(Above: Janss Steps at UCLA--a great place for sprints!)
Finally, the much anticipated Grand Finale of the excellent interview series with Dr. Aaron Blaisdell, Professor of Psychology at the University of California, Los Angeles (UCLA).
Part I & Part II & Part III
KP = Kai Pottenger
AB = Aaron Blaisdell
KP: Have you learned anything with personal self-experiments that inform your research or potential research prospects?
AB: Not immediately. In the back of my mind, I have thought it would be interesting to look at the role of macronutrients in cognitive tasks that my subjects engage in. Since rats are one of the typical models of health outcomes, it would be interesting to apply it to a cognitive approach. It’s not what I am funded to do--but I do a lot of things I’m not funded to do. It just depends on how feasible it is and how interesting it would be to my community of comparative psychologists. It would be more interesting to the Paleo community. Also, it would depend on how feasible it would be to construct such diets. Everything I buy right now is off the shelf. I don’t know if I have the gumption right now to start doing all that. I have so many other really cool things lined up right now.
KP: Share a little about how you have integrated Ancestral Fitness into your lifestyle as a professor--exercise patterns, eating choices, etc.
AB: I basically do the Primal Blueprint type of exercise. I lift heavy objects a few times a week. I used to do weightlifting, pushups, isolation exercises. In the context of my old diet--cereal, pasta--I gained muscle mass slowly. Especially after having kids, it was totally derailed. In the context of my new diet, just working out two sessions a week, on average 15 minutes, with 2 or 4 exercises--push-ups, kettle bells--I have seen huge changes. I have always been a walker, especially at UCLA, a walking campus. I also found a place to do sprints in the quad in front of Janss Steps. The track is closed a lot at UCLA, so it’s hard to find a place to run. I do sprints every two weeks for 10 minutes. That keeps me in better shape physically even though I actually have scaled back from what I used to do. I work my quads in the quad.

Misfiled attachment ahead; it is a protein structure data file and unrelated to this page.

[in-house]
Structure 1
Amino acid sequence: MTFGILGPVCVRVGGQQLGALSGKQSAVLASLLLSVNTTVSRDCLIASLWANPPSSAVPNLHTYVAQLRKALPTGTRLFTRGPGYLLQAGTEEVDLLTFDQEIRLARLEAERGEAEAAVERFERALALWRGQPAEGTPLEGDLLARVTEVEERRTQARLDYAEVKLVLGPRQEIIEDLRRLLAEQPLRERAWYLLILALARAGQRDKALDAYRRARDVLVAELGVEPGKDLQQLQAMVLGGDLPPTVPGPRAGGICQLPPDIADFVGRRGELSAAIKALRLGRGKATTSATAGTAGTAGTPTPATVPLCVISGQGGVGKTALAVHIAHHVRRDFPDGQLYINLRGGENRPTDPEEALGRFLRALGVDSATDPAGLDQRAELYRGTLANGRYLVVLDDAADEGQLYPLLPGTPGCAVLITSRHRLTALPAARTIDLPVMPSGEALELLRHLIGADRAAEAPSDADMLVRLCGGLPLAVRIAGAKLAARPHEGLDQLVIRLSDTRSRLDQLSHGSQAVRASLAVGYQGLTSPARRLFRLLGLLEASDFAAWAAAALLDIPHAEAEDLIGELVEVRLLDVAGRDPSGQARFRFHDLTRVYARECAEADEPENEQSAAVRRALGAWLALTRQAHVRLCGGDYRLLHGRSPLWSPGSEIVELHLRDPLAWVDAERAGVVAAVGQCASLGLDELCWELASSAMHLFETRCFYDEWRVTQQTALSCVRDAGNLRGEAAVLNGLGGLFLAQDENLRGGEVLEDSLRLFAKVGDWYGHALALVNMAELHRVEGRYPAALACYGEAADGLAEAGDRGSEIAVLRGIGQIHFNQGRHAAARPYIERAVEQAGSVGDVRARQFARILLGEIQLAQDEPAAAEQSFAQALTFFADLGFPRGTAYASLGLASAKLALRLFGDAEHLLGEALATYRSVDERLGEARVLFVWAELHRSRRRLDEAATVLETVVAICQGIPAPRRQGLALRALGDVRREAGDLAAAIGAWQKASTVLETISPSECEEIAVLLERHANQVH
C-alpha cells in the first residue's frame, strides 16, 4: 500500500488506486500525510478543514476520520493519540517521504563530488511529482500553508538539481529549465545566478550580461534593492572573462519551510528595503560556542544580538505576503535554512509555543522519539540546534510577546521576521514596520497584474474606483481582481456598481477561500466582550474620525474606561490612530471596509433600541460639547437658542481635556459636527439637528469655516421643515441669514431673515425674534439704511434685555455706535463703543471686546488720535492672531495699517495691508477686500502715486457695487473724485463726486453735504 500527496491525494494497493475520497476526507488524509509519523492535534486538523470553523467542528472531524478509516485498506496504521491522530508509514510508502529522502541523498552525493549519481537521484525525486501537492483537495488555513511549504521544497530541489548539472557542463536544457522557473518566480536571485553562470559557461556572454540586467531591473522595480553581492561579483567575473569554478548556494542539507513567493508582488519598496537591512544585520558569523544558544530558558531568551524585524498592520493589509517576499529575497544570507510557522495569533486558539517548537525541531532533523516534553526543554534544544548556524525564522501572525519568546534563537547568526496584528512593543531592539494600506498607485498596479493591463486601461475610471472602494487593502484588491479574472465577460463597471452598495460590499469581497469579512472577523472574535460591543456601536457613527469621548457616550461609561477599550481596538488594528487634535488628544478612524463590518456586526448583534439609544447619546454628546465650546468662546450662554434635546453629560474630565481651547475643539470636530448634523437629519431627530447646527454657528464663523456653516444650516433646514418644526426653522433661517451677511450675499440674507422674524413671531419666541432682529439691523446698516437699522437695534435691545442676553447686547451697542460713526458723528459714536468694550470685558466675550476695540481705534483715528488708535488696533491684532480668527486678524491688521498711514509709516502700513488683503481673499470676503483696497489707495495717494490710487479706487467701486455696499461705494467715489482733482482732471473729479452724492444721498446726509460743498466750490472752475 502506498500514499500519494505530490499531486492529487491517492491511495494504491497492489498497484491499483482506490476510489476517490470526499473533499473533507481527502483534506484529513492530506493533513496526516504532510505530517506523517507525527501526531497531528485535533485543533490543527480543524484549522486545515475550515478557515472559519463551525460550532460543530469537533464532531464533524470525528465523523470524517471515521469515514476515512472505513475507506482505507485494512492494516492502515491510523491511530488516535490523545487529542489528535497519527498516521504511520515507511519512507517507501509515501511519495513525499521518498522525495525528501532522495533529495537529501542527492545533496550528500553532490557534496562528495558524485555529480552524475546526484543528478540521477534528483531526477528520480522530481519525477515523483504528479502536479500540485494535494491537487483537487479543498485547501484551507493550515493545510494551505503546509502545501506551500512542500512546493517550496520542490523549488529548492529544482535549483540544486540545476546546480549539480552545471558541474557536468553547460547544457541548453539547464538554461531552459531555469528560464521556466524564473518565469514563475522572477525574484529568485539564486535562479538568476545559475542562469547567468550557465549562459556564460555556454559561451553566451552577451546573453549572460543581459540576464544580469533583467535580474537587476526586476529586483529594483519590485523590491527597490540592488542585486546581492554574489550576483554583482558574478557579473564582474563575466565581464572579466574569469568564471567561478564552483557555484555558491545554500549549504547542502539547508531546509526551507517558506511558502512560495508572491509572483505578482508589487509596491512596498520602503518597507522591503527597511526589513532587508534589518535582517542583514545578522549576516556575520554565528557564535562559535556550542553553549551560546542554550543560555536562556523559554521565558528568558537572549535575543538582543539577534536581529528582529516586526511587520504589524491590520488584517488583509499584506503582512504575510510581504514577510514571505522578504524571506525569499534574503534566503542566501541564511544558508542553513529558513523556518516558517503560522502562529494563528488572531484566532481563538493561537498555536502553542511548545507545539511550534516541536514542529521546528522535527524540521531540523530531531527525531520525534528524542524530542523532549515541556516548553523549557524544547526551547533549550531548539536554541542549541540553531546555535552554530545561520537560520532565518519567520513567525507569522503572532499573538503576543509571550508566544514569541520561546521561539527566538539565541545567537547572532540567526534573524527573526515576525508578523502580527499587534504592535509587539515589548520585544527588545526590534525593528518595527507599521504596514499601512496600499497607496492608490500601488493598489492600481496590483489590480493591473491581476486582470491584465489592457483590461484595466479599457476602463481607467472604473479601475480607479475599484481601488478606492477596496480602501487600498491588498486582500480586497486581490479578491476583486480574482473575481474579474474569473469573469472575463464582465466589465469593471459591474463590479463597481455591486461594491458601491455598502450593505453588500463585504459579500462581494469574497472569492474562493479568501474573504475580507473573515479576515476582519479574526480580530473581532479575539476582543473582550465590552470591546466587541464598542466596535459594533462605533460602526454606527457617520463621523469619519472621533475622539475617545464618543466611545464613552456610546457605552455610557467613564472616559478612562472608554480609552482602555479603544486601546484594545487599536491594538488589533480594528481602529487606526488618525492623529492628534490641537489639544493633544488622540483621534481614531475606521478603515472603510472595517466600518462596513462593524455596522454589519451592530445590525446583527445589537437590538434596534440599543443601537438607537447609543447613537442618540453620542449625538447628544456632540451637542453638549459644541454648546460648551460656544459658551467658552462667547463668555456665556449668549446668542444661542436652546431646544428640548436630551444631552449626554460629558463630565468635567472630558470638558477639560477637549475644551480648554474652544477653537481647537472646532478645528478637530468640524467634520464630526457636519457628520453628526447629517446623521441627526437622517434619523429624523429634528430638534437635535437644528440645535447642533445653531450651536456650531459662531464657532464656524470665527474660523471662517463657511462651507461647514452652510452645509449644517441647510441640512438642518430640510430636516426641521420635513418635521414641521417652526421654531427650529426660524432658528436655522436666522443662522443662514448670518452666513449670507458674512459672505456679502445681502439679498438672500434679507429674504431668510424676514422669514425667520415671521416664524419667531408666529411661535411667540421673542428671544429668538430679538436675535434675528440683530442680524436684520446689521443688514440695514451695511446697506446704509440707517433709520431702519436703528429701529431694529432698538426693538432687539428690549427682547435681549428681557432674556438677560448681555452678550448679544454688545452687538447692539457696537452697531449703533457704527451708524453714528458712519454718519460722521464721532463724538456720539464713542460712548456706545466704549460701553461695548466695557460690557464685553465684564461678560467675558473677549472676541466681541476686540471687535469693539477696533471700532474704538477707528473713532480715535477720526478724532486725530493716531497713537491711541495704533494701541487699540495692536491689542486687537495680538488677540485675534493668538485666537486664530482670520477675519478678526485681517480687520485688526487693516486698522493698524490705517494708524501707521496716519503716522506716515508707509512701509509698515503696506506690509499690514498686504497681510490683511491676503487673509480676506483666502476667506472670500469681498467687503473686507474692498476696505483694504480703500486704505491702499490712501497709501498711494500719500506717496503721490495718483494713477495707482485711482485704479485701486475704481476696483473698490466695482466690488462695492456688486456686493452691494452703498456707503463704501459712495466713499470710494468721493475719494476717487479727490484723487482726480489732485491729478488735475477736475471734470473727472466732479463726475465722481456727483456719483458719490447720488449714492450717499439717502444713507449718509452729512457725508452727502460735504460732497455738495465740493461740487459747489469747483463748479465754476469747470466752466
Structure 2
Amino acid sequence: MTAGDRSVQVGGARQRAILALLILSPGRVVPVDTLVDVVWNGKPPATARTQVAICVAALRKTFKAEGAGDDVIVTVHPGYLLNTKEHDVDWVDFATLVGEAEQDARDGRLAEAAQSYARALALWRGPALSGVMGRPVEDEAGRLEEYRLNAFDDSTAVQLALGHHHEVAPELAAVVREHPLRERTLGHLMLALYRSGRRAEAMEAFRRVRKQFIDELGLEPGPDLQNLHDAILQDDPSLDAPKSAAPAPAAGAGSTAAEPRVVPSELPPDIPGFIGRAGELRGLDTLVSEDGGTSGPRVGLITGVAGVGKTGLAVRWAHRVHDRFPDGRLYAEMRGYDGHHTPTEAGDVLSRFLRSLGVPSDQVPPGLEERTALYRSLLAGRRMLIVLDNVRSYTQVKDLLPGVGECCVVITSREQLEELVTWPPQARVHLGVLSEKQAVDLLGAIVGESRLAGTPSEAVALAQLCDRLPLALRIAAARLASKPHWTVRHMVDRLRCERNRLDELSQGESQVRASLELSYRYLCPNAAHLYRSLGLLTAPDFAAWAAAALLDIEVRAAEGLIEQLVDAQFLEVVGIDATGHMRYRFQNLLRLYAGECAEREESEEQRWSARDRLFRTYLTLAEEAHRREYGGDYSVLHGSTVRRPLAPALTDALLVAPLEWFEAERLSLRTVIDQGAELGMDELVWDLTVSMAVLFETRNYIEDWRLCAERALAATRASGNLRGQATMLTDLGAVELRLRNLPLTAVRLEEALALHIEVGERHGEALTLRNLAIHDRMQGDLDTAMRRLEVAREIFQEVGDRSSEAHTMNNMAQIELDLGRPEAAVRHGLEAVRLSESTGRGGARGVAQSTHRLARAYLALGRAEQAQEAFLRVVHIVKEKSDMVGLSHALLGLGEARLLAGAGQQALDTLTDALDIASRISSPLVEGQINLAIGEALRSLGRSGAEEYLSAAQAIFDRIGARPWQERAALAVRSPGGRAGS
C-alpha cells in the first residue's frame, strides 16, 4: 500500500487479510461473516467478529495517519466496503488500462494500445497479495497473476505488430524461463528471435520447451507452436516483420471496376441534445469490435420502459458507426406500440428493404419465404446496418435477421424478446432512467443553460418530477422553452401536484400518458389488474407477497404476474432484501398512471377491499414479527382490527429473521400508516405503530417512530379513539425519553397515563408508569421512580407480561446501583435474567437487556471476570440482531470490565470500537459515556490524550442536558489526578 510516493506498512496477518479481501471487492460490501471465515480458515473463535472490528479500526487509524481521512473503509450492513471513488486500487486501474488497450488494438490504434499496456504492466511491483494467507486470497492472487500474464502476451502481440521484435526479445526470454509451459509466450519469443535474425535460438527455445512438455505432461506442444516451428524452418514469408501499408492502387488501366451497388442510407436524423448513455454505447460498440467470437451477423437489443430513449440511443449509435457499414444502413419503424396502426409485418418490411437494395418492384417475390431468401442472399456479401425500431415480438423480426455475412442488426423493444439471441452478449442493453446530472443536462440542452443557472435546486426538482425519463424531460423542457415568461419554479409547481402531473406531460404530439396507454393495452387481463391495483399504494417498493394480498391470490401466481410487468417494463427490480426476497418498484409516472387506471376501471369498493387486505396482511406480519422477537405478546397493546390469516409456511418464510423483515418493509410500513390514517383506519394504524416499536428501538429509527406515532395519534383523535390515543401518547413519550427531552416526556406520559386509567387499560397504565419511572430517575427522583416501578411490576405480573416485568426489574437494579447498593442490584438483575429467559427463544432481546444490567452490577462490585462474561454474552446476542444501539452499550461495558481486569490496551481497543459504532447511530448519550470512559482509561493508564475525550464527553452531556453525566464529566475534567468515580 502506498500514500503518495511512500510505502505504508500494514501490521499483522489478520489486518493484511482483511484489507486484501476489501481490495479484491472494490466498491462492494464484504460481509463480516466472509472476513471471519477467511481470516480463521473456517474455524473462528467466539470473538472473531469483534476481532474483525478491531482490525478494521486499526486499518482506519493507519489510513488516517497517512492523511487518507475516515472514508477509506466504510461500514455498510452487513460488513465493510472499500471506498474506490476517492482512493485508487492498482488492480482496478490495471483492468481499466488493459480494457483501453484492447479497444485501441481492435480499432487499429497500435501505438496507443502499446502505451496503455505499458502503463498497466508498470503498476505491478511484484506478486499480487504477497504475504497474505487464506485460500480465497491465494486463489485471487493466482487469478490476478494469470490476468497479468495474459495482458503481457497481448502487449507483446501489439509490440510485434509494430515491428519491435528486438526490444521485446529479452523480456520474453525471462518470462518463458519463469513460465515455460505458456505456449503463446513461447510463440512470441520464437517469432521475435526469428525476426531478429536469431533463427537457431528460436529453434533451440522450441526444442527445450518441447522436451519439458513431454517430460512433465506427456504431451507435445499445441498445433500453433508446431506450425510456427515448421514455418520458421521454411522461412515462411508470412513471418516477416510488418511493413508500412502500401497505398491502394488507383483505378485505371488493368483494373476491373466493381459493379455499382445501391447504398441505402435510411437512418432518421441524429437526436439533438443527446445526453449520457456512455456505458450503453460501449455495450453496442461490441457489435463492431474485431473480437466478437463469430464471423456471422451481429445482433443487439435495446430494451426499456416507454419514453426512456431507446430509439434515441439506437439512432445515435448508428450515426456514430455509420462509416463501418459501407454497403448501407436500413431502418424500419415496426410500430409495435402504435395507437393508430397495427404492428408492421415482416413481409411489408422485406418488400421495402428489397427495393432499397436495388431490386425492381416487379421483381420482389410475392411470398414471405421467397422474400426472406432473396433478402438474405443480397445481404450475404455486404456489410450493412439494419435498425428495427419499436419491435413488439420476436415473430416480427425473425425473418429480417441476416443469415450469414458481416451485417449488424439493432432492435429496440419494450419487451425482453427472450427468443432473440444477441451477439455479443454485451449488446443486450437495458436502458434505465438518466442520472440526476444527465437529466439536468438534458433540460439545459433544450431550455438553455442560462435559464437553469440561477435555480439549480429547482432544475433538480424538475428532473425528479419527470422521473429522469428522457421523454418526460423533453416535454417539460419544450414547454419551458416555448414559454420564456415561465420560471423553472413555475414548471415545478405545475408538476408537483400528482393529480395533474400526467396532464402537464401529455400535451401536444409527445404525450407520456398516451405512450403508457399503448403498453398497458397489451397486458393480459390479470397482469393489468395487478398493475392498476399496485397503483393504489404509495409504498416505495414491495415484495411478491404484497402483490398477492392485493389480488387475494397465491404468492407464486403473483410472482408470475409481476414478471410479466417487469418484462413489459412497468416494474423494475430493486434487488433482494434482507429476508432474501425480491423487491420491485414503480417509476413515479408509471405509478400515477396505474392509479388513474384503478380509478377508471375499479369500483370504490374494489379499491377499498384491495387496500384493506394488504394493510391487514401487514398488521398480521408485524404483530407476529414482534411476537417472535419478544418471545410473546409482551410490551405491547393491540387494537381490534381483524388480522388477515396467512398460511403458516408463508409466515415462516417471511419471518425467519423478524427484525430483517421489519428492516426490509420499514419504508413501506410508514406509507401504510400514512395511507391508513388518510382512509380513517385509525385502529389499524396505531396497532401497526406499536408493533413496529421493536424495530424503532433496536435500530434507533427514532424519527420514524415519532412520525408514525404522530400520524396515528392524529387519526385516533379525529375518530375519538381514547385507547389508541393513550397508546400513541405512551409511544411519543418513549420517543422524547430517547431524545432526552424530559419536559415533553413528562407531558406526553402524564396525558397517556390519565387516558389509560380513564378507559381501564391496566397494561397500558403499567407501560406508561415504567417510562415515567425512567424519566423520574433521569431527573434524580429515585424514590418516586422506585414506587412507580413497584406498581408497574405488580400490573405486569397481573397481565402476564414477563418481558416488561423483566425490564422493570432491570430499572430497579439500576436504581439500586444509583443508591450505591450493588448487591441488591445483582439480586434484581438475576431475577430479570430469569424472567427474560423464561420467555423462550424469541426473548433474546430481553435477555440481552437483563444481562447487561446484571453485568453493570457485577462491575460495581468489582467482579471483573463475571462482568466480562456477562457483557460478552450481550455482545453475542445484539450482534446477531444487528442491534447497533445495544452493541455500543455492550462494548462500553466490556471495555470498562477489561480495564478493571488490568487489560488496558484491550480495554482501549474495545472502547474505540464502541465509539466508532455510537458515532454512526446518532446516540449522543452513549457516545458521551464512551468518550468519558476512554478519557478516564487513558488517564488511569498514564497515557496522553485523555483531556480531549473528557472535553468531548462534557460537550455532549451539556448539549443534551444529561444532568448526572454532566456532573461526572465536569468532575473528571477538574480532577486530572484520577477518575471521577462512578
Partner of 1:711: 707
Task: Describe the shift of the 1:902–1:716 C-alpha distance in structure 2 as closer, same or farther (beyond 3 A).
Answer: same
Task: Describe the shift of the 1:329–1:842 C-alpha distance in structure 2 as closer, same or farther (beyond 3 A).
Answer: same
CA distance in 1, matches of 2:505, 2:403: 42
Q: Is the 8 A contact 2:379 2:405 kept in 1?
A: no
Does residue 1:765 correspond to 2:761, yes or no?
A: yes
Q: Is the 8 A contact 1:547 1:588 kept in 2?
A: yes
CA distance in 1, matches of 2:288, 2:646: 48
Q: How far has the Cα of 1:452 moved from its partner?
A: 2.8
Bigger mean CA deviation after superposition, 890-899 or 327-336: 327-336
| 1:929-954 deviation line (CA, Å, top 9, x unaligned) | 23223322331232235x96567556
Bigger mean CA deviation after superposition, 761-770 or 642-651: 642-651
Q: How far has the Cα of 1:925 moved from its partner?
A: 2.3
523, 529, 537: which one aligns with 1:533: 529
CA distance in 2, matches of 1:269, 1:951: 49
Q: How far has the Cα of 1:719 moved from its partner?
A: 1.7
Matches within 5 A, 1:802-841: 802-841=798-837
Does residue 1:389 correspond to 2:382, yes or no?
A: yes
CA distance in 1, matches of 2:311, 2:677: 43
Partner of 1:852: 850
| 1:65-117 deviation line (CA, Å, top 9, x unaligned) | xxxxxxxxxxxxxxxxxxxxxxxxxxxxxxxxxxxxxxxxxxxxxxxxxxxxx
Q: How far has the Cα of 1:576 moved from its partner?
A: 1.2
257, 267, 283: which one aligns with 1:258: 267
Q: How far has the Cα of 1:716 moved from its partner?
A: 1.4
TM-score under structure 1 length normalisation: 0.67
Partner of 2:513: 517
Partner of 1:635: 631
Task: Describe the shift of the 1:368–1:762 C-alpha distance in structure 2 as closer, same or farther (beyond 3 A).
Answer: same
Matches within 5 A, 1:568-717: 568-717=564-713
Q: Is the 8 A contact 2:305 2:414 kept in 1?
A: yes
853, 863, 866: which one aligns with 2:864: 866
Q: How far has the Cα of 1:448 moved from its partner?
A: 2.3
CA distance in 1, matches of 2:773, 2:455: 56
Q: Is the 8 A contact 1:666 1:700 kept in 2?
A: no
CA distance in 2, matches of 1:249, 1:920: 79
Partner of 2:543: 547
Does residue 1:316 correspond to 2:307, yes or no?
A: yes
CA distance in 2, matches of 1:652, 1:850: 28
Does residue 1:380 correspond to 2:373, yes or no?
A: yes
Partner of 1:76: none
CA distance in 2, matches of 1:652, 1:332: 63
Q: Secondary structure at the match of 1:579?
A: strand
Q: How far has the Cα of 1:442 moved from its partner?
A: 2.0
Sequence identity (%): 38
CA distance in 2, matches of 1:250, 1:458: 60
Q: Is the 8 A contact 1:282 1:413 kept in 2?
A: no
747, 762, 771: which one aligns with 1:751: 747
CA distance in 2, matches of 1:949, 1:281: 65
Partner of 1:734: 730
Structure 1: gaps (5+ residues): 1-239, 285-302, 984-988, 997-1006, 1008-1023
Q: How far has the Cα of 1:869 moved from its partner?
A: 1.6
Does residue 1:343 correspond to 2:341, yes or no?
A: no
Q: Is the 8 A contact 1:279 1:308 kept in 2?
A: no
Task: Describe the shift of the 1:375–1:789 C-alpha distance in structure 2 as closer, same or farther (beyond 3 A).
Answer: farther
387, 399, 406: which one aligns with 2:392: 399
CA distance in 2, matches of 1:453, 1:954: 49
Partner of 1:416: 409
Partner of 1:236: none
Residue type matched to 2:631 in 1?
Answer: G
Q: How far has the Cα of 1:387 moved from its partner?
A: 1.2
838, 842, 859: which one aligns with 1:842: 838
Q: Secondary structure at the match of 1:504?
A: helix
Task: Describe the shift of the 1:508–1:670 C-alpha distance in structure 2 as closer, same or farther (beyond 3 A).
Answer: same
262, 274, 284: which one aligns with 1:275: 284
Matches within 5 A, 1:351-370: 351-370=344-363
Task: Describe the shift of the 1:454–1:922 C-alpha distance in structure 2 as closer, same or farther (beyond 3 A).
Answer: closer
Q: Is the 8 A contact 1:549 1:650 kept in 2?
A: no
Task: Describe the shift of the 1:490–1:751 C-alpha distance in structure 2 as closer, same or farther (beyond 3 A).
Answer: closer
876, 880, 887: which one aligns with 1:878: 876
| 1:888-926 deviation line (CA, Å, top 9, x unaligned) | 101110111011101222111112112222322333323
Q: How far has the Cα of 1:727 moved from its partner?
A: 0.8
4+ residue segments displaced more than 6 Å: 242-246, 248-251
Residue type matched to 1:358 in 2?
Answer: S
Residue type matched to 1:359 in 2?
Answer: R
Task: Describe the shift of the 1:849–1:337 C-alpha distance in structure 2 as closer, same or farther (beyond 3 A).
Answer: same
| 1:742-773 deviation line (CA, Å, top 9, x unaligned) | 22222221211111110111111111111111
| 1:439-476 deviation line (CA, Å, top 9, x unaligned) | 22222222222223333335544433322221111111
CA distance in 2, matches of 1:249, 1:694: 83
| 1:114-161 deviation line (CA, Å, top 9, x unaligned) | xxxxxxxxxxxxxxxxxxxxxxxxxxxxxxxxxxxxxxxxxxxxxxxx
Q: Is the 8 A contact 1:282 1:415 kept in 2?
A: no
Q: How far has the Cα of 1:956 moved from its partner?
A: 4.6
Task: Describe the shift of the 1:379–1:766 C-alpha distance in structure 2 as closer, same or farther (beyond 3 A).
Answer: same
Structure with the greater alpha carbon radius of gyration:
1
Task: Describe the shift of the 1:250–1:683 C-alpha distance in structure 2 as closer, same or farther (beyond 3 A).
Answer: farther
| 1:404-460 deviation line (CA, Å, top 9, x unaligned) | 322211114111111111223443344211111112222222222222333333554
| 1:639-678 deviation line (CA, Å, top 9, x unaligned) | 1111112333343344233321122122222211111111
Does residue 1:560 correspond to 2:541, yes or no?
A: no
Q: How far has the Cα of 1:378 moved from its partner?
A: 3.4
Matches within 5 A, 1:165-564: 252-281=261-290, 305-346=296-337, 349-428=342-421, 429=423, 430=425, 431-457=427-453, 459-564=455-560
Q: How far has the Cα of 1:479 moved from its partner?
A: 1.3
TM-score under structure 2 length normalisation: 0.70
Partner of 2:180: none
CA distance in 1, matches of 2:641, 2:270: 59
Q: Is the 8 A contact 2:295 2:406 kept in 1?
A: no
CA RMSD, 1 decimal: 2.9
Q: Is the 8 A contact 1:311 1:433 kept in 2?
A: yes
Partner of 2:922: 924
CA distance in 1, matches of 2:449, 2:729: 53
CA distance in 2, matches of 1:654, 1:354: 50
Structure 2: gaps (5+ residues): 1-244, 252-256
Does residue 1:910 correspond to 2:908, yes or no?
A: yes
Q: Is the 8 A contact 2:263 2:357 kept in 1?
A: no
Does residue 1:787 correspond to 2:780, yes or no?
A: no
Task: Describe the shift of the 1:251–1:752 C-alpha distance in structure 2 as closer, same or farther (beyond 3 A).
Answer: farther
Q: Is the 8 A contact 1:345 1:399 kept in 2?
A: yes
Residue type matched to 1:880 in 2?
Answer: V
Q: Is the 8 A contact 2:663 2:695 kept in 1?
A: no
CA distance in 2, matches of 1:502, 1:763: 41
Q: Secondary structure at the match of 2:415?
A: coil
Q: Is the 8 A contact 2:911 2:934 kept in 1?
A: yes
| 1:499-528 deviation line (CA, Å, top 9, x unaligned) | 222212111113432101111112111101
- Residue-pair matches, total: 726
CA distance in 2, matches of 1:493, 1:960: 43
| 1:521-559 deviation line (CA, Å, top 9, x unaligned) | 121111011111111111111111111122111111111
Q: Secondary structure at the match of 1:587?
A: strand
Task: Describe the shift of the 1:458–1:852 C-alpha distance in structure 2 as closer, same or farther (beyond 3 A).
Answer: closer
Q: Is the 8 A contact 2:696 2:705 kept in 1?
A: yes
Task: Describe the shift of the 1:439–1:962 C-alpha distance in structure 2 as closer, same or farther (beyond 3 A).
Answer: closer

KP: What ways do you see promise in altering nutritional choice architecture for people to help improve their health states?
AB: That’s a biggie. Umm … blow up all the conventional stores. I don’t know. Stuff has to be made readily available. It can’t be prohibitively expensive for the general public. The general public is watching bottom dollar. I see it in my house. My wife is Chinese and wants to buy the cheapest priced head of lettuce or chicken. I go to Whole Foods and get the free range, organic chicken, and my credit card bill shows it. Farmers markets or Whole Foods are much more expensive.
It would also have to work in the food industry--restaurants. If a restaurant fries something, they are using corn oil, and obviously such heavy lobby groups keep that in place. I don’t know what kind of forces need to overcome that. Like McDonald’s switching from beef oil to vegetable oil.
One, people have to have knowledge and awareness. Two, good stuff has to be readily available at the supermarket. Third, the price has to be comparable to the other stuff that’s on sale, otherwise they will avoid it.
That’s why I am interested in primal vending machines. It’s changing the choice architecture landscape. A campus like UCLA might have enough people knowledgeable enough to have a tipping point--as Gladwell would say.
We could make it convenient every hundred yards to dispense healthy options. I just picked up Taleb’s book. Looking through the prelude, he talks about the kinds of entrepreneurial ideas that tend to be most effective tend to be further out in prospective from the conventional wisdom. There is going to be fewer competitors. All the low hanging fruit from this paradigm is already taken so you find the low hanging fruit from another paradigm. This vending machine idea fits that description exactly. Nobody is thinking about it in these terms. It’d be fun--and I could make money.
KP: How did you find out about the epistemocrat blog?
AB: I know I had come across Brent’s name in the comment sections of the other blogs I follow like Whole Health Source and Seth Roberts’ blog. I am actually friends with Seth. We met back in 2004 at a conference. I always knew about his work. It was standard reading when I was a grad student. I met him, and he was talking about variability in rats when he was still a professor at UC Berkeley. It was directly related to stuff I was finding in the pigeons I was looking at, so I approached him about my ideas and how they were related to them. We struck up a friendship and a collaboration, and since then, he has started engaging in the Shangri-la Diet and other stuff. He didn’t have the blog back then. Then I started reading his blog and probably started reading Brent’s blog from there.
A final thanks to Kai and Aaron for connecting for this interview!
To good health,
To good health,